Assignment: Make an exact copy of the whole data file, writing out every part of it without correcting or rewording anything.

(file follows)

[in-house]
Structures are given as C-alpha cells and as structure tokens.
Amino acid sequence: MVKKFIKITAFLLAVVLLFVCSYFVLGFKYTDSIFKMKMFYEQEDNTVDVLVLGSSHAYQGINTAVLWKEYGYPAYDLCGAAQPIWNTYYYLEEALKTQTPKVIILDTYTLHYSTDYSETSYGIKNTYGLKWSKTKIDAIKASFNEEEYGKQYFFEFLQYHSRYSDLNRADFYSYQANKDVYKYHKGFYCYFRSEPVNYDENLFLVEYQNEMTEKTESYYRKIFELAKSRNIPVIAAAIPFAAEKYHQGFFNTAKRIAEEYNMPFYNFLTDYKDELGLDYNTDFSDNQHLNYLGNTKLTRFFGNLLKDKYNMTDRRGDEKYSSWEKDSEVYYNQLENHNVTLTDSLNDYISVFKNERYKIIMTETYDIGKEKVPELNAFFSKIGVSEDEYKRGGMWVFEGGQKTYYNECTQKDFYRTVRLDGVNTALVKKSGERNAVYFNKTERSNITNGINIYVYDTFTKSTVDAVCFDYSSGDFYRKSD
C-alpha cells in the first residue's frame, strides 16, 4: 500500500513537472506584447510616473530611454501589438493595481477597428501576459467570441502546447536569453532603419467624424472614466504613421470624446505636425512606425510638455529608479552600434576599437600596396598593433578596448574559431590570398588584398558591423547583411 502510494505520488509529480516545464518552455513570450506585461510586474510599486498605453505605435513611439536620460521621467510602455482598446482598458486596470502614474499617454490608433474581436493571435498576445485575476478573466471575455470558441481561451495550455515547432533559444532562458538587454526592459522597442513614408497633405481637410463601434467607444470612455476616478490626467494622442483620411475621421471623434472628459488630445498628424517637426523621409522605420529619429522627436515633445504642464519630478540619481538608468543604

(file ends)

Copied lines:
[in-house]
Structures are given as C-alpha cells and as structure tokens.
Amino acid sequence: MVKKFIKITAFLLAVVLLFVCSYFVLGFKYTDSIFKMKMFYEQEDNTVDVLVLGSSHAYQGINTAVLWKEYGYPAYDLCGAAQPIWNTYYYLEEALKTQTPKVIILDTYTLHYSTDYSETSYGIKNTYGLKWSKTKIDAIKASFNEEEYGKQYFFEFLQYHSRYSDLNRADFYSYQANKDVYKYHKGFYCYFRSEPVNYDENLFLVEYQNEMTEKTESYYRKIFELAKSRNIPVIAAAIPFAAEKYHQGFFNTAKRIAEEYNMPFYNFLTDYKDELGLDYNTDFSDNQHLNYLGNTKLTRFFGNLLKDKYNMTDRRGDEKYSSWEKDSEVYYNQLENHNVTLTDSLNDYISVFKNERYKIIMTETYDIGKEKVPELNAFFSKIGVSEDEYKRGGMWVFEGGQKTYYNECTQKDFYRTVRLDGVNTALVKKSGERNAVYFNKTERSNITNGINIYVYDTFTKSTVDAVCFDYSSGDFYRKSD
C-alpha cells in the first residue's frame, strides 16, 4: 500500500513537472506584447510616473530611454501589438493595481477597428501576459467570441502546447536569453532603419467624424472614466504613421470624446505636425512606425510638455529608479552600434576599437600596396598593433578596448574559431590570398588584398558591423547583411 502510494505520488509529480516545464518552455513570450506585461510586474510599486498605453505605435513611439536620460521621467510602455482598446482598458486596470502614474499617454490608433474581436493571435498576445485575476478573466471575455470558441481561451495550455515547432533559444532562458538587454526592459522597442513614408497633405481637410463601434467607444470612455476616478490626467494622442483620411475621421471623434472628459488630445498628424517637426523621409522605420529619429522627436515633445504642464519630478540619481538608468543604